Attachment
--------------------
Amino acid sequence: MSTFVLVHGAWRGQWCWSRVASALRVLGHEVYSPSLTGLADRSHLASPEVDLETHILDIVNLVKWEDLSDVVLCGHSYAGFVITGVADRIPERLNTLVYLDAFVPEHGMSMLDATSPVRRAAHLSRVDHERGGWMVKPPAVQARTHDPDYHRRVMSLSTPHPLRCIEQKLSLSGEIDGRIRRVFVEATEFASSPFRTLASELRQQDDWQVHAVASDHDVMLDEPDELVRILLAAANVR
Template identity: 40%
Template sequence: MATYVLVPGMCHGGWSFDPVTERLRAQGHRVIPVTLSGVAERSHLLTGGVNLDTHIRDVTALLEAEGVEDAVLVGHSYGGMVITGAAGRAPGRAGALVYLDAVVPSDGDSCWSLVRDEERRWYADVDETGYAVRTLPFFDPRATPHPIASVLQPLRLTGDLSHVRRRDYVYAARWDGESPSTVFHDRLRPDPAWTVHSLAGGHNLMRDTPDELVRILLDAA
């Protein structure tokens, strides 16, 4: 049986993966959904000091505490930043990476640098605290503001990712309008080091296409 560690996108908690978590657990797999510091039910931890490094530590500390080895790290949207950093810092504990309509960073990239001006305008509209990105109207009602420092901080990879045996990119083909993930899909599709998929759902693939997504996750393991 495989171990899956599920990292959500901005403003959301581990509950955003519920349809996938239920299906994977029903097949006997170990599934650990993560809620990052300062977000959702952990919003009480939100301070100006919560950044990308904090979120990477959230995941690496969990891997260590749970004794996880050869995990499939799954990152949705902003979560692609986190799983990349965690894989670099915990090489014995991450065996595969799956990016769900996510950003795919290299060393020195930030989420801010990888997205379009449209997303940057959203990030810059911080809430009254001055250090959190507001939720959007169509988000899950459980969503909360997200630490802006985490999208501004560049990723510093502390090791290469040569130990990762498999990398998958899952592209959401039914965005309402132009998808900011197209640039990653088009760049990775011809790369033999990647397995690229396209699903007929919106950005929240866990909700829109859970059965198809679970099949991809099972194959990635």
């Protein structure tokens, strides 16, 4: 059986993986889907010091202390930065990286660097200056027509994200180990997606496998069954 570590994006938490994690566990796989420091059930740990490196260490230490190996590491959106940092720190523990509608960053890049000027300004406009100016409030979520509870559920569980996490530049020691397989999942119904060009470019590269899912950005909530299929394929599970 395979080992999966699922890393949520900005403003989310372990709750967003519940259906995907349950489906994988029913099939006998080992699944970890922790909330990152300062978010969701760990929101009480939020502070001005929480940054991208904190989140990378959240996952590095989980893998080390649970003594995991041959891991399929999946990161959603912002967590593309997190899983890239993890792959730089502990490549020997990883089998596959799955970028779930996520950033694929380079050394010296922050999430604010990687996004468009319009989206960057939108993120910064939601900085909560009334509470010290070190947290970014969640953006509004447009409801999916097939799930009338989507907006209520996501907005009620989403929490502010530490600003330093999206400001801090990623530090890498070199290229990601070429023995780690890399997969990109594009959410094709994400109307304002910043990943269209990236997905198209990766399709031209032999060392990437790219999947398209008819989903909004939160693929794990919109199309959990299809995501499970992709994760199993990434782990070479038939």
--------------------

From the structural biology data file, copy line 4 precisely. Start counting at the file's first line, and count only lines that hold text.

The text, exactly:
């Protein structure tokens, strides 16, 4: 049986993966959904000091505490930043990476640098605290503001990712309008080091296409 560690996108908690978590657990797999510091039910931890490094530590500390080895790290949207950093810092504990309509960073990239001006305008509209990105109207009602420092901080990879045996990119083909993930899909599709998929759902693939997504996750393991 495989171990899956599920990292959500901005403003959301581990509950955003519920349809996938239920299906994977029903097949006997170990599934650990993560809620990052300062977000959702952990919003009480939100301070100006919560950044990308904090979120990477959230995941690496969990891997260590749970004794996880050869995990499939799954990152949705902003979560692609986190799983990349965690894989670099915990090489014995991450065996595969799956990016769900996510950003795919290299060393020195930030989420801010990888997205379009449209997303940057959203990030810059911080809430009254001055250090959190507001939720959007169509988000899950459980969503909360997200630490802006985490999208501004560049990723510093502390090791290469040569130990990762498999990398998958899952592209959401039914965005309402132009998808900011197209640039990653088009760049990775011809790369033999990647397995690229396209699903007929919106950005929240866990909700829109859970059965198809679970099949991809099972194959990635």